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My user name translates as Little Black Donkey. It is borrowed from a short story by Pádraic Ó Conaire, whose text you can find here.


4h
comment Hesse's Pencil: Base Points and Resolution of Singularities through Blow-ups
About the second part of your question: I'm not sure what exactly you are asking for. Do you want to check that after you blow up these 9 points, the curves in the pencil become disjoint? If so, following the strategy in the linked question should be a productive strategy.
4h
comment Hesse's Pencil: Base Points and Resolution of Singularities through Blow-ups
Dear Radz, your link does not work for me, but the solutions are easy to find by hand: as you write, one coordinate must be 0, another can be normalised to be 1, and then the third can be any cube root of -1. You can check this gives exactly 9 distinct points of $\mathbf P^2$.
5h
comment Hesse's Pencil: Base Points and Resolution of Singularities through Blow-ups
Well, your equation already describes the curves in the pencil as embedded in projective space (with homogeneous coords $[x,y,z]$). To find the basepoints (of which there are 9), just take two different values of the parameter $[\lambda,\mu]$ and intersect the two cubics you get. (Hint: there are two particularly simple choices for $[\lambda,\mu]$.)
1d
comment projective change of coordinates preserves smoothness
I think you misunderstood what the chain rule says here; there is no dot product. (For instance, the left-hand side of your equality is a vector, while the right-hand side is a scalar.)
2d
comment Quotients of varieties by polynomial relations
What you are describing is just the image of $V$ under the morphism $\mathbf C^n \rightarrow \mathbf C^m: \ x \mapsto (g_i(x))$. Note however that the image of $V$ need not be a subvariety of $\mathbf C^m$: the usual counterxample is the map $\mathbf C^2 \rightarrow \mathbf C^2: (x,y) \mapsto (x,xy)$.
2d
revised Dimensions of global sections of a divisor and its pullback
added 4 characters in body
2d
comment Dimensions of global sections of a divisor and its pullback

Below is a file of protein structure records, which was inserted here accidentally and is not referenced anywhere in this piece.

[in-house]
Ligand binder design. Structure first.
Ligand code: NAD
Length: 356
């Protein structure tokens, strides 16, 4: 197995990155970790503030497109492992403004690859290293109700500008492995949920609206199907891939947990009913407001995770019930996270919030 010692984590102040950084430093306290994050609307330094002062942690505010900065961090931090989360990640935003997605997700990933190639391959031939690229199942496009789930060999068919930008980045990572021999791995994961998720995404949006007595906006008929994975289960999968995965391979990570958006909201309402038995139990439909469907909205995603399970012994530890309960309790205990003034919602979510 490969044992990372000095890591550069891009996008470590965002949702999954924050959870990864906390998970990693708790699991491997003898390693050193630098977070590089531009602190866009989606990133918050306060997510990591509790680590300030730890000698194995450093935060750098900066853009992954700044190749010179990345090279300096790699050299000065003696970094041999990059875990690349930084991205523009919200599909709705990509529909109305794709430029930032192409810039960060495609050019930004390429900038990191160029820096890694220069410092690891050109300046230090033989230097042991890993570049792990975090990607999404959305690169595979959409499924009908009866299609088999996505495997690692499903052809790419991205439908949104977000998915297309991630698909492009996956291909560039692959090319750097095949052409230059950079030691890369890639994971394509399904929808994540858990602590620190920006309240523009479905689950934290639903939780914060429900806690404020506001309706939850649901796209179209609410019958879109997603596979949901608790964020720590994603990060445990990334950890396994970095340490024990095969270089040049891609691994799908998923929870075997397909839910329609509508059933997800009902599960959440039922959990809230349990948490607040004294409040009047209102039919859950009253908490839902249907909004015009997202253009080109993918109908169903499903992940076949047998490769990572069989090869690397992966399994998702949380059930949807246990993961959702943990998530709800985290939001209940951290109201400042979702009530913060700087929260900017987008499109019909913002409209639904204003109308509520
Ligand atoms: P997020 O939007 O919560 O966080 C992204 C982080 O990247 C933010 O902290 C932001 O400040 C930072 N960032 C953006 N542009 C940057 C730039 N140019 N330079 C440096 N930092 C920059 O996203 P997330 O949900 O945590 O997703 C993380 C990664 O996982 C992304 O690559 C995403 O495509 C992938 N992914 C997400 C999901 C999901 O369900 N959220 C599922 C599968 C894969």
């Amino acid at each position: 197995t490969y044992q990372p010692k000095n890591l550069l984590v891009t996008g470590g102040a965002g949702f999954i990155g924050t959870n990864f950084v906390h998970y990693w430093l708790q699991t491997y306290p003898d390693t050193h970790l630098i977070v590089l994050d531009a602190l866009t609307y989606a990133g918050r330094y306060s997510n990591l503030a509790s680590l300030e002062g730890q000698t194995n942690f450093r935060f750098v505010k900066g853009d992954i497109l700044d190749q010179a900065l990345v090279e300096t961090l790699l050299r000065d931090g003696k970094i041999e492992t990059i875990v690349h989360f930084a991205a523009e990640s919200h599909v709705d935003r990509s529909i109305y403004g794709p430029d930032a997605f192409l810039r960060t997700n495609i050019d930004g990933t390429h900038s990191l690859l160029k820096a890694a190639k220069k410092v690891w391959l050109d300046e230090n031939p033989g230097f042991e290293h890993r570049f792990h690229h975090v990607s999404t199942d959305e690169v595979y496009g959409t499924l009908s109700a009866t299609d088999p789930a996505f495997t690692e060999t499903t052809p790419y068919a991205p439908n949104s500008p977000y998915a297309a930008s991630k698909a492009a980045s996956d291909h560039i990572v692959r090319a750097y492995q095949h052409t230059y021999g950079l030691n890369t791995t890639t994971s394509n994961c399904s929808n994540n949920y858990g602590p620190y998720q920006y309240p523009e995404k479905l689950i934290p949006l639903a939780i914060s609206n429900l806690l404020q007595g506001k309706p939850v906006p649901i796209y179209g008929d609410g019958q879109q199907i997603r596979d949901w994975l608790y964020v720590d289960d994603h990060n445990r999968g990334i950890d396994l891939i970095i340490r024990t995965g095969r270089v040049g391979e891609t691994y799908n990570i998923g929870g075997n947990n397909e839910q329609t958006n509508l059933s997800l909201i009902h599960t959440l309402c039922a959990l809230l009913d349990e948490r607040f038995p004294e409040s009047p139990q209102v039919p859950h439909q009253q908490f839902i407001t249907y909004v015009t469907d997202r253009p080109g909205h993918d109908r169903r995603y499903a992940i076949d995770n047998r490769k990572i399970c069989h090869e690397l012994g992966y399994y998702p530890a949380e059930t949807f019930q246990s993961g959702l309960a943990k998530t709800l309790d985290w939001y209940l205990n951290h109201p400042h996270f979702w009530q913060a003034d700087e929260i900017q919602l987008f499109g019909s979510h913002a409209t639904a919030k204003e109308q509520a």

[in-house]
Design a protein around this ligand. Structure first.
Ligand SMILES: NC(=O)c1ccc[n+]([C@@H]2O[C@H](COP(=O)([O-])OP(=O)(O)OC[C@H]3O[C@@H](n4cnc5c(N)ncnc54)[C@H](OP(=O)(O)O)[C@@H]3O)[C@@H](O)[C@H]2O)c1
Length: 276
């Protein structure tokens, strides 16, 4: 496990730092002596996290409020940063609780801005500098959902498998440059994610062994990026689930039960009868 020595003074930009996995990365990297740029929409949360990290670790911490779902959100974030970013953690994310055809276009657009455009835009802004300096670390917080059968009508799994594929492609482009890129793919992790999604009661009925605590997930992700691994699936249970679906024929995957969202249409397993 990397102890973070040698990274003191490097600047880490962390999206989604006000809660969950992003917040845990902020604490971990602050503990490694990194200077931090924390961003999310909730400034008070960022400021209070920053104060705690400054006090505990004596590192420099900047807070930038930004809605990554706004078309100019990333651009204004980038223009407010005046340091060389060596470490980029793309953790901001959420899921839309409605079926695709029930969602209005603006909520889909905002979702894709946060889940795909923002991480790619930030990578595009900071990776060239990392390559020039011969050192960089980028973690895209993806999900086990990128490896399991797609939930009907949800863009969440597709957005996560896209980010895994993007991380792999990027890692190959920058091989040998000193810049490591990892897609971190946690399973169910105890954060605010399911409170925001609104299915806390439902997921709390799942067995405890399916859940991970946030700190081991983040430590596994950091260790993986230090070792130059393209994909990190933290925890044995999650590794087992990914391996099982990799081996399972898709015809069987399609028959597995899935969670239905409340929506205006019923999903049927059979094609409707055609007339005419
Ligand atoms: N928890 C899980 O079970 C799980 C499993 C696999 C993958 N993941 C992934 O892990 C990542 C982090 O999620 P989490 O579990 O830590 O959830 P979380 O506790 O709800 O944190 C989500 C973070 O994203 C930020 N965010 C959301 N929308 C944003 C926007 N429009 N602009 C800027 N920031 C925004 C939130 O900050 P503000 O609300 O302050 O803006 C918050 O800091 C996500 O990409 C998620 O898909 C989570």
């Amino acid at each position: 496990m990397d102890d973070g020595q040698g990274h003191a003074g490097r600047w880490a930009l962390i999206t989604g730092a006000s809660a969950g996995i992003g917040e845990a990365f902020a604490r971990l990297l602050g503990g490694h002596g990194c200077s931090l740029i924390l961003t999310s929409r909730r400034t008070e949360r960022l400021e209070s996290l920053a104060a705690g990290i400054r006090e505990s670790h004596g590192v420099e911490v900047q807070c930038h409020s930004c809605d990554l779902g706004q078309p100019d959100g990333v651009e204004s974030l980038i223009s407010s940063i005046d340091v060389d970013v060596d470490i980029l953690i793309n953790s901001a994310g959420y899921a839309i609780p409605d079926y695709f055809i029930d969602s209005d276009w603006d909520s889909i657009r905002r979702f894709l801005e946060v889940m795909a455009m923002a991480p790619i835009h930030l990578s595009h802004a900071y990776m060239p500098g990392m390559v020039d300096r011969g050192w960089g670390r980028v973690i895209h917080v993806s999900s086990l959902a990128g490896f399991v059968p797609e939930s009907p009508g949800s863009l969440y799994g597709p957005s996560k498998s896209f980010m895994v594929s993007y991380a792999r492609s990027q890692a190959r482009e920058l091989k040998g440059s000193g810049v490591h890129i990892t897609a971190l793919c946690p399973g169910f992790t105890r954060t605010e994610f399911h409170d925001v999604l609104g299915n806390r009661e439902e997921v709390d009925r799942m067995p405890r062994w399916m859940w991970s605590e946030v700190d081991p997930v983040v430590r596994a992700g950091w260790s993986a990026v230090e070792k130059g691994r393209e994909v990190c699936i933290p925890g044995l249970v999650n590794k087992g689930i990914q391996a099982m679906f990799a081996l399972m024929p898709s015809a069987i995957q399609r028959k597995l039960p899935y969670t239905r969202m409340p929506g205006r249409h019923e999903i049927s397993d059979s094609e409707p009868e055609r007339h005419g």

Dear @LiYutong, you're welcome.
2d
revised Conversion of angle from 360 degree to-90 degree
edited tags
2d
comment Dimensions of global sections of a divisor and its pullback
Dear Li, I wrote an answer to explain my claims. I don't have time to read through Iitaka's book, though.
2d
answered Dimensions of global sections of a divisor and its pullback
2d
comment Dimensions of global sections of a divisor and its pullback
You're correct: this is false as stated. But it is true if $h$ has connected fibres. Are you sure that hypothesis is not somewhere in the text, or implied by the context? (By the way, who are the authors?)
Jul
17
revised Is complex projective space simply connected?
edited title
Jul
17
comment Is complex projective space simply connected?
Yes, complex projective spaces are simply-connected. Indeed, $\mathbf{CP}^n$ has a cell structure with a single cell in each even degree, and the result follows from the <a href="en.wikipedia.org/wiki/… approximation theorem</a>. See Hatcher's book for the details.
Jul
11
comment what does projective line of degree one mean?
Where did you read this? It is difficult to answer without knowing the context.
Jul
10
answered Linear equivalence vs algebraic equivalence of divisors on smooth projective surfaces
Jul
10
comment Linear equivalence vs algebraic equivalence of divisors on smooth projective surfaces
I understood the question already. Do you know why the statement is false for curves? Once you do, it is not hard to turn this into an example for surfaces.
Jul
10
comment Linear equivalence vs algebraic equivalence of divisors on smooth projective surfaces
No. Hint: this isn't true for non-rational curves, e.g. elliptic curves; use that to come up with an example for surfaces.
Jul
9
comment Holomorphic line bundle with degree zero
$O(p)$ is the line bundle associated to the divisor $p$.
Jul
9
comment Holomorphic line bundle with degree zero
If $p$ and $q$ are distinct points on the torus, then $O(p) \otimes O(-q)$ is a nontrivial line bundle of degree zero.
Jul
8
comment Question about the restriction of a bimeromorphic map to divisors
+1. You dropped a minus sign at the start of the last paragraph.